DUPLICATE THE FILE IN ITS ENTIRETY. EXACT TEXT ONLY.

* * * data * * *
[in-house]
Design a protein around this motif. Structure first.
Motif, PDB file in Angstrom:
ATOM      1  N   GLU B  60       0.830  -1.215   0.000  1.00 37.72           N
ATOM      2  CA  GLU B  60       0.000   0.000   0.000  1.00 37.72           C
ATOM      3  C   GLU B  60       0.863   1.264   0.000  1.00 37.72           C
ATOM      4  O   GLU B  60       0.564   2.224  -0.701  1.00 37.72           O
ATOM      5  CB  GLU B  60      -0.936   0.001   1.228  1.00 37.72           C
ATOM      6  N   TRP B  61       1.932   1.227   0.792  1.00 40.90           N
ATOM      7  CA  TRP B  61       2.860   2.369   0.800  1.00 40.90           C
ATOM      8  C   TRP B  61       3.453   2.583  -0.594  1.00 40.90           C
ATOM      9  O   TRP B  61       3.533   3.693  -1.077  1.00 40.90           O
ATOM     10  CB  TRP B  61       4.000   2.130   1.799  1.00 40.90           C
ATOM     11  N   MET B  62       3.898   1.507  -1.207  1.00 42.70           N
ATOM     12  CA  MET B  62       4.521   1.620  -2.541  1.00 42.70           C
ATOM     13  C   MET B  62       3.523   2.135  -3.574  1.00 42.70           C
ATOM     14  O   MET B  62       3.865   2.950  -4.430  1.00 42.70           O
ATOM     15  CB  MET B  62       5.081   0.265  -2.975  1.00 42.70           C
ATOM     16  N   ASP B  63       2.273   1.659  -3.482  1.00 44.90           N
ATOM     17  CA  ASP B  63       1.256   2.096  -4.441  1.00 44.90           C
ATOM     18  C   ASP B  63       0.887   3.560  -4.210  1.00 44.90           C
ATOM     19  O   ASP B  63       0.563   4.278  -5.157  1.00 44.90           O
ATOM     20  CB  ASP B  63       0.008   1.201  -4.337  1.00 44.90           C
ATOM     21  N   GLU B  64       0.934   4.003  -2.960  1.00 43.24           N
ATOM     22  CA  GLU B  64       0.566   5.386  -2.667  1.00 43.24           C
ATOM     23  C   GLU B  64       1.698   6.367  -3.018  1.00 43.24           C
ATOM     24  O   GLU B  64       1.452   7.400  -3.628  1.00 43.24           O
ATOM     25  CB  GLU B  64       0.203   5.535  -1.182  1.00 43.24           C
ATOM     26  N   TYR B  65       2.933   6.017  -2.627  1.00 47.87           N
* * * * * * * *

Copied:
[in-house]
Design a protein around this motif. Structure first.
Motif, PDB file in Angstrom:
ATOM      1  N   GLU B  60       0.830  -1.215   0.000  1.00 37.72           N
ATOM      2  CA  GLU B  60       0.000   0.000   0.000  1.00 37.72           C
ATOM      3  C   GLU B  60       0.863   1.264   0.000  1.00 37.72           C
ATOM      4  O   GLU B  60       0.564   2.224  -0.701  1.00 37.72           O
ATOM      5  CB  GLU B  60      -0.936   0.001   1.228  1.00 37.72           C
ATOM      6  N   TRP B  61       1.932   1.227   0.792  1.00 40.90           N
ATOM      7  CA  TRP B  61       2.860   2.369   0.800  1.00 40.90           C
ATOM      8  C   TRP B  61       3.453   2.583  -0.594  1.00 40.90           C
ATOM      9  O   TRP B  61       3.533   3.693  -1.077  1.00 40.90           O
ATOM     10  CB  TRP B  61       4.000   2.130   1.799  1.00 40.90           C
ATOM     11  N   MET B  62       3.898   1.507  -1.207  1.00 42.70           N
ATOM     12  CA  MET B  62       4.521   1.620  -2.541  1.00 42.70           C
ATOM     13  C   MET B  62       3.523   2.135  -3.574  1.00 42.70           C
ATOM     14  O   MET B  62       3.865   2.950  -4.430  1.00 42.70           O
ATOM     15  CB  MET B  62       5.081   0.265  -2.975  1.00 42.70           C
ATOM     16  N   ASP B  63       2.273   1.659  -3.482  1.00 44.90           N
ATOM     17  CA  ASP B  63       1.256   2.096  -4.441  1.00 44.90           C
ATOM     18  C   ASP B  63       0.887   3.560  -4.210  1.00 44.90           C
ATOM     19  O   ASP B  63       0.563   4.278  -5.157  1.00 44.90           O
ATOM     20  CB  ASP B  63       0.008   1.201  -4.337  1.00 44.90           C
ATOM     21  N   GLU B  64       0.934   4.003  -2.960  1.00 43.24           N
ATOM     22  CA  GLU B  64       0.566   5.386  -2.667  1.00 43.24           C
ATOM     23  C   GLU B  64       1.698   6.367  -3.018  1.00 43.24           C
ATOM     24  O   GLU B  64       1.452   7.400  -3.628  1.00 43.24           O
ATOM     25  CB  GLU B  64       0.203   5.535  -1.182  1.00 43.24           C
ATOM     26  N   TYR B  65       2.933   6.017  -2.627  1.00 47.87           N